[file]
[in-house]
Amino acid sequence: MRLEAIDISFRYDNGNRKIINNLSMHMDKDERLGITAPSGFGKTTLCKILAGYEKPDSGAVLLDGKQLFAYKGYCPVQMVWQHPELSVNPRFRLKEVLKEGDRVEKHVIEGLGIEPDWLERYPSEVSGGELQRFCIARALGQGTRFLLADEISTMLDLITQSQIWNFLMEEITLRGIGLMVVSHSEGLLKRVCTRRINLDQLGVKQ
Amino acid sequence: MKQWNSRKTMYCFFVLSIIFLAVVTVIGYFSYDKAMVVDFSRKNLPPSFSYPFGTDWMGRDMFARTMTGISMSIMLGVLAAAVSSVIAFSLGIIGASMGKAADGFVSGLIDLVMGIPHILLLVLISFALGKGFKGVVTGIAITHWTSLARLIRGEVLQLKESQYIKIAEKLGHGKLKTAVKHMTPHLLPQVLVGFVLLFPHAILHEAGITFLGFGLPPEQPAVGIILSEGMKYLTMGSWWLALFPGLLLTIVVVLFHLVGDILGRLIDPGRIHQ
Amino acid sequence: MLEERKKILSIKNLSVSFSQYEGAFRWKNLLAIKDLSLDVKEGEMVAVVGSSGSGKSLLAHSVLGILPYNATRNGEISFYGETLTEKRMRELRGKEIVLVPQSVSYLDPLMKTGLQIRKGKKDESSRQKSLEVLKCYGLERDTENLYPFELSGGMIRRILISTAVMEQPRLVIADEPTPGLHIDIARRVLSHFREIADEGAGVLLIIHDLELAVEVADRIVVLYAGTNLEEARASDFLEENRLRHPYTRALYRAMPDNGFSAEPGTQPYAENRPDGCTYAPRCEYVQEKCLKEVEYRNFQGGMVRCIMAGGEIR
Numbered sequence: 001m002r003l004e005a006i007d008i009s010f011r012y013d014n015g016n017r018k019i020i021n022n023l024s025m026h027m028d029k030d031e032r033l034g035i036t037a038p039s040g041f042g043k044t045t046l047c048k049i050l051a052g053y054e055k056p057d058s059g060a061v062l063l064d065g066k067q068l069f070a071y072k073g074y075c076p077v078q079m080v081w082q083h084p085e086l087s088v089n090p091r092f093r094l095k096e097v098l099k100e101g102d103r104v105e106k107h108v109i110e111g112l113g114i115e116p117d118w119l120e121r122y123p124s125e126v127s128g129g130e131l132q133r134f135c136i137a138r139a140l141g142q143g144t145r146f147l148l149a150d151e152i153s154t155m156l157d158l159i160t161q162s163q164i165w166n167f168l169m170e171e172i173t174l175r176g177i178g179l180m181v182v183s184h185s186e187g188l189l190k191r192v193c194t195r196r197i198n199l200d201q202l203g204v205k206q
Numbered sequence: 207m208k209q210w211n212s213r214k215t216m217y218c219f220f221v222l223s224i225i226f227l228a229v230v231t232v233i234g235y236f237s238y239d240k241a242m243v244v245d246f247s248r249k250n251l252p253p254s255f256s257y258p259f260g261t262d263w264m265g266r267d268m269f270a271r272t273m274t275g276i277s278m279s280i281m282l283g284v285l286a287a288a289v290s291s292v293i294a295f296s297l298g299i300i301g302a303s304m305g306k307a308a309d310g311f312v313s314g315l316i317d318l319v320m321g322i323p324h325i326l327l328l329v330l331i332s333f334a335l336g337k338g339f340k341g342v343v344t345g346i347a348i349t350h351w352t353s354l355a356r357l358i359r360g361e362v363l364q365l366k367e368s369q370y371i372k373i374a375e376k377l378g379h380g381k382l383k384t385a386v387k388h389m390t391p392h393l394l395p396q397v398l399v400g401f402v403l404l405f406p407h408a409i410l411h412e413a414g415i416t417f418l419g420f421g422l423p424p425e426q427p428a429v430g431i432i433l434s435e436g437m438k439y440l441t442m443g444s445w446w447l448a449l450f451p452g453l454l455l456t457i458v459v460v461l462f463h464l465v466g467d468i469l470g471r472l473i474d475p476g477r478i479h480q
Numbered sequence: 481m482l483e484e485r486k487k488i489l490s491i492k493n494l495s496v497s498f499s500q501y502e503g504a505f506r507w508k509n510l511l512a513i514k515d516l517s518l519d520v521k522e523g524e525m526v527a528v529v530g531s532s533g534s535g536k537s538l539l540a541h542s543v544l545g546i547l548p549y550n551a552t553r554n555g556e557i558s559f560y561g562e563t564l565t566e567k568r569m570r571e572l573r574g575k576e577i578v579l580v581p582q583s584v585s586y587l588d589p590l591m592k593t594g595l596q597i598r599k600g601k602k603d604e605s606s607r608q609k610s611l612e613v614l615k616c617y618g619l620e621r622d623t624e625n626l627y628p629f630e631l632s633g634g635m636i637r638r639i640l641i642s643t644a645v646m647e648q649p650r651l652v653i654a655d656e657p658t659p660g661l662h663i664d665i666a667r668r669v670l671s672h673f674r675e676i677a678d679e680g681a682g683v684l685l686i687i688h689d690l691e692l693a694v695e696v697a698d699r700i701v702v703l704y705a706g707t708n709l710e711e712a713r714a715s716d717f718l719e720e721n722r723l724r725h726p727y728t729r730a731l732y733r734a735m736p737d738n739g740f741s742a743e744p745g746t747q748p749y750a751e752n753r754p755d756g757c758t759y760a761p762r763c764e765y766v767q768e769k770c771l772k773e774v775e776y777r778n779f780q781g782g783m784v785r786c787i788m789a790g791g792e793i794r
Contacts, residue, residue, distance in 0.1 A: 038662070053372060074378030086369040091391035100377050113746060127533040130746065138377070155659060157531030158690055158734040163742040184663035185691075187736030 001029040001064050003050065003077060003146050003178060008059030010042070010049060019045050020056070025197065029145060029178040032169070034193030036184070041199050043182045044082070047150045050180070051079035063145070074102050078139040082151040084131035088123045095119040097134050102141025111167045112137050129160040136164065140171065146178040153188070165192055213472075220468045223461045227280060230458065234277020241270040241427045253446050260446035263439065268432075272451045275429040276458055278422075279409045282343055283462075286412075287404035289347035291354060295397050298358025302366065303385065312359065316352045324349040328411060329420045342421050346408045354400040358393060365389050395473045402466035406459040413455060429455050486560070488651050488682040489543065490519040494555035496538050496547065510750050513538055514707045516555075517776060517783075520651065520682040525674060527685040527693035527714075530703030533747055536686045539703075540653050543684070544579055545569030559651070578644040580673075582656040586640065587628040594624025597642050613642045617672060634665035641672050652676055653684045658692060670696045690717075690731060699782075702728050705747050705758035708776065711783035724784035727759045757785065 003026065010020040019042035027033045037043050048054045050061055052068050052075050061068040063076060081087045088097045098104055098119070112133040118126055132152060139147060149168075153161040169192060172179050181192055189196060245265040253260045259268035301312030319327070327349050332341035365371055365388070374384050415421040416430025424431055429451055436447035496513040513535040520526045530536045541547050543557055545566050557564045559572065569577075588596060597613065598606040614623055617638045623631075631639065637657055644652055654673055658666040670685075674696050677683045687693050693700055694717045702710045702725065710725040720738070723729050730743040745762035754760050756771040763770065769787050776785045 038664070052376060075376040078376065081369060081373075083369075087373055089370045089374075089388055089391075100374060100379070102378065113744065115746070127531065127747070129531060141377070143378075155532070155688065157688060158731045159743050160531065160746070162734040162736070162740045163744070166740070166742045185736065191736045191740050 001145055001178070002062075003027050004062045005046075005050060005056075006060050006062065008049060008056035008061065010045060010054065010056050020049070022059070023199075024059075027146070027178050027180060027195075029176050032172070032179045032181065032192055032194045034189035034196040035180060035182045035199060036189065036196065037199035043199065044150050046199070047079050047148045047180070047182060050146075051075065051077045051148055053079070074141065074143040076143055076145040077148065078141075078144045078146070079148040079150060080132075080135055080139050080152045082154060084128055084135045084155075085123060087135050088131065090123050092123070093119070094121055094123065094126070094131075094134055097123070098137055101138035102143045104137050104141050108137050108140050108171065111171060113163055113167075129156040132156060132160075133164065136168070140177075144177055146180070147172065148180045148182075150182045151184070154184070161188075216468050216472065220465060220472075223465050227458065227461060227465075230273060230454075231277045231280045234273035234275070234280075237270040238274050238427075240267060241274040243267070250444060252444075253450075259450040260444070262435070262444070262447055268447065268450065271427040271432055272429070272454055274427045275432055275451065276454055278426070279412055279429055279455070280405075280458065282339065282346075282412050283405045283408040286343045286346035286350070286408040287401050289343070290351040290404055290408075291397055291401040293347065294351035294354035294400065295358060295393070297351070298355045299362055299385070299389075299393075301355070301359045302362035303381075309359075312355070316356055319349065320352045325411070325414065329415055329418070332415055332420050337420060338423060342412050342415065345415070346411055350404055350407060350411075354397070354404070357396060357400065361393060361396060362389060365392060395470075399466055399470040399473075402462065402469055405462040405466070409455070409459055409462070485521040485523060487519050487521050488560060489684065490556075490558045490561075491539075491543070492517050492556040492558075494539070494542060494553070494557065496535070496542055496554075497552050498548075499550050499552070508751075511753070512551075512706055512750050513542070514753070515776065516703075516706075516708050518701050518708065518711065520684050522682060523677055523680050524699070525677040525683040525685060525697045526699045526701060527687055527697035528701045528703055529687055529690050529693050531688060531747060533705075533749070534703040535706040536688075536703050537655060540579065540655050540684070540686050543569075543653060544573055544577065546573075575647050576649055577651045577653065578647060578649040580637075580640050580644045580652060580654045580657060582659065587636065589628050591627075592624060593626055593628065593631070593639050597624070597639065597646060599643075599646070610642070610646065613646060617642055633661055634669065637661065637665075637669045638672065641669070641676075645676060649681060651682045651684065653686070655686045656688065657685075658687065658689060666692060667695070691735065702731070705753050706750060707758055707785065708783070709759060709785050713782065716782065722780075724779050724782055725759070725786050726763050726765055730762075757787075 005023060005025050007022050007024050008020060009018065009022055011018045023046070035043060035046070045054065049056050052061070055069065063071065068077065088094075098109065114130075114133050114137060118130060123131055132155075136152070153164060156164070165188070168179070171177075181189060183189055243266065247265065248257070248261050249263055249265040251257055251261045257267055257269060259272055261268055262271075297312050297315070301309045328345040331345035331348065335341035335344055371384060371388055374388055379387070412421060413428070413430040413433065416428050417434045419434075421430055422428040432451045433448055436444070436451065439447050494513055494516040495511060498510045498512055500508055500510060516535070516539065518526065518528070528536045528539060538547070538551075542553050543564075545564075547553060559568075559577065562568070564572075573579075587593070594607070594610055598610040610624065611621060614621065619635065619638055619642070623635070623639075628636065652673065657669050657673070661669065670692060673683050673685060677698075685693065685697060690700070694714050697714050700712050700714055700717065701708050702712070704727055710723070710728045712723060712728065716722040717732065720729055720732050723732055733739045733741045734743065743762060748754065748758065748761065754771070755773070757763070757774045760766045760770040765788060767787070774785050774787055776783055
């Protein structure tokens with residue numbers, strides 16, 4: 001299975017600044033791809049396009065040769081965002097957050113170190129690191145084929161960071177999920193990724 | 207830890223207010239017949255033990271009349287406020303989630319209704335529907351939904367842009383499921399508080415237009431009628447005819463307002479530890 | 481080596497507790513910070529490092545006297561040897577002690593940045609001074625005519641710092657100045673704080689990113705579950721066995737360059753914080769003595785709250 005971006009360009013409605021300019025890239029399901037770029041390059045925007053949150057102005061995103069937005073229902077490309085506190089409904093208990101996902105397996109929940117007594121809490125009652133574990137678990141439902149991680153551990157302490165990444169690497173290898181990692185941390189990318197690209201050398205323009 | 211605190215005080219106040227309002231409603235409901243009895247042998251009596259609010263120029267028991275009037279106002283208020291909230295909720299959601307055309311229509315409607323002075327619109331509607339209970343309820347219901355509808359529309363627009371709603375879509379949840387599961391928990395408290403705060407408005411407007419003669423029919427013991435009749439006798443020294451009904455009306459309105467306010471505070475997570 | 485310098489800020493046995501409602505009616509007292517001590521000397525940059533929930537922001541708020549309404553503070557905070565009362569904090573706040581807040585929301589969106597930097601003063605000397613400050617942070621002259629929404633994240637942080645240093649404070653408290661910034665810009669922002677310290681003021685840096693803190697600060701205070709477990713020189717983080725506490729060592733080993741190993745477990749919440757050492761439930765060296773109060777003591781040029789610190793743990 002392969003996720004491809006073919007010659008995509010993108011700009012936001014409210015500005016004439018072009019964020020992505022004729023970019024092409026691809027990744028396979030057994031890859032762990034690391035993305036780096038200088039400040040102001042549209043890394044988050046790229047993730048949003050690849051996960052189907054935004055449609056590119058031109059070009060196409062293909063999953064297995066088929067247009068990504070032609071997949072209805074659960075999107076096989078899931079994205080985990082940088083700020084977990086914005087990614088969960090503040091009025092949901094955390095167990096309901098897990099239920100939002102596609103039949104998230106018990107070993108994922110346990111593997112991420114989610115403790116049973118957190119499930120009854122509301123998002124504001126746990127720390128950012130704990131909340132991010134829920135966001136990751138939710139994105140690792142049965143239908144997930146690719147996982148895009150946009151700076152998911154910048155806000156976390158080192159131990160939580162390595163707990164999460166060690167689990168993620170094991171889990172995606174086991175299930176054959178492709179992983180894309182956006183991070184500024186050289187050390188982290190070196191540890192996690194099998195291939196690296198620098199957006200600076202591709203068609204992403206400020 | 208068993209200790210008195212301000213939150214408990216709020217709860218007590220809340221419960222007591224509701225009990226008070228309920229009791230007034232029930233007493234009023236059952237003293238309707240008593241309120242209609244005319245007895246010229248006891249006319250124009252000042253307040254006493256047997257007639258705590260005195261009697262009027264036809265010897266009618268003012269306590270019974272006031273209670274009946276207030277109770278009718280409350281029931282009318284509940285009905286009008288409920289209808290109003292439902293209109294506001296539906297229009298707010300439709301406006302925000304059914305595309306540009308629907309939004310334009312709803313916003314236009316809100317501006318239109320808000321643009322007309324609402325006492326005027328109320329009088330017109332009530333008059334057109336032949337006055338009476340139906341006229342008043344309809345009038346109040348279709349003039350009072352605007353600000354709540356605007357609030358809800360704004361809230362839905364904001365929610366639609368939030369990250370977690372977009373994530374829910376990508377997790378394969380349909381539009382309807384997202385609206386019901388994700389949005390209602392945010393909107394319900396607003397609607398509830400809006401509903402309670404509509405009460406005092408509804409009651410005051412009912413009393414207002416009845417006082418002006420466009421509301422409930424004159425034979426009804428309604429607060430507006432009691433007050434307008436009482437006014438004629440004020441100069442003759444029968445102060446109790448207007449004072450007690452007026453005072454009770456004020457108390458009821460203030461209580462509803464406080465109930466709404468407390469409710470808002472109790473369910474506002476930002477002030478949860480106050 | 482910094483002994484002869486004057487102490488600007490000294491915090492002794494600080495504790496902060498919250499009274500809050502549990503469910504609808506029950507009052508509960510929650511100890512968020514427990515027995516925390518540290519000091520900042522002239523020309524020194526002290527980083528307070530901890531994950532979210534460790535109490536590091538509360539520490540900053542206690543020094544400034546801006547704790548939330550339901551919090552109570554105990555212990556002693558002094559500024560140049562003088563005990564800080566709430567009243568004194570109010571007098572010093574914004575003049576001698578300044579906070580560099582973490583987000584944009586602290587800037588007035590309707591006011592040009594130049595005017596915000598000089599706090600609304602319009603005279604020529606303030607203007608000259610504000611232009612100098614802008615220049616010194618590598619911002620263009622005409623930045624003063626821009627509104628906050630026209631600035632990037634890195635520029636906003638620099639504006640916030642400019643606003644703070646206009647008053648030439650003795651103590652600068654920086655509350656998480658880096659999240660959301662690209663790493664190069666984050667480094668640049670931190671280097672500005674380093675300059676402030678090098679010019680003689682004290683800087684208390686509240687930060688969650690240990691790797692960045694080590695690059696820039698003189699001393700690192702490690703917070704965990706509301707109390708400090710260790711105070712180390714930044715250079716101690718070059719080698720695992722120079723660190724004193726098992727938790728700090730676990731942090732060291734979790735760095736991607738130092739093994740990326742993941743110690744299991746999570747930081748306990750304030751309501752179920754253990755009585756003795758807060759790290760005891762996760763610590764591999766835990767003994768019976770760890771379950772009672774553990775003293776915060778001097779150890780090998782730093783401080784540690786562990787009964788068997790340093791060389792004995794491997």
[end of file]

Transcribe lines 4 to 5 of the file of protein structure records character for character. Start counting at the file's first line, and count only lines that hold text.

Amino acid sequence: MLEERKKILSIKNLSVSFSQYEGAFRWKNLLAIKDLSLDVKEGEMVAVVGSSGSGKSLLAHSVLGILPYNATRNGEISFYGETLTEKRMRELRGKEIVLVPQSVSYLDPLMKTGLQIRKGKKDESSRQKSLEVLKCYGLERDTENLYPFELSGGMIRRILISTAVMEQPRLVIADEPTPGLHIDIARRVLSHFREIADEGAGVLLIIHDLELAVEVADRIVVLYAGTNLEEARASDFLEENRLRHPYTRALYRAMPDNGFSAEPGTQPYAENRPDGCTYAPRCEYVQEKCLKEVEYRNFQGGMVRCIMAGGEIR
Numbered sequence: 001m002r003l004e005a006i007d008i009s010f011r012y013d014n015g016n017r018k019i020i021n022n023l024s025m026h027m028d029k030d031e032r033l034g035i036t037a038p039s040g041f042g043k044t045t046l047c048k049i050l051a052g053y054e055k056p057d058s059g060a061v062l063l064d065g066k067q068l069f070a071y072k073g074y075c076p077v078q079m080v081w082q083h084p085e086l087s088v089n090p091r092f093r094l095k096e097v098l099k100e101g102d103r104v105e106k107h108v109i110e111g112l113g114i115e116p117d118w119l120e121r122y123p124s125e126v127s128g129g130e131l132q133r134f135c136i137a138r139a140l141g142q143g144t145r146f147l148l149a150d151e152i153s154t155m156l157d158l159i160t161q162s163q164i165w166n167f168l169m170e171e172i173t174l175r176g177i178g179l180m181v182v183s184h185s186e187g188l189l190k191r192v193c194t195r196r197i198n199l200d201q202l203g204v205k206q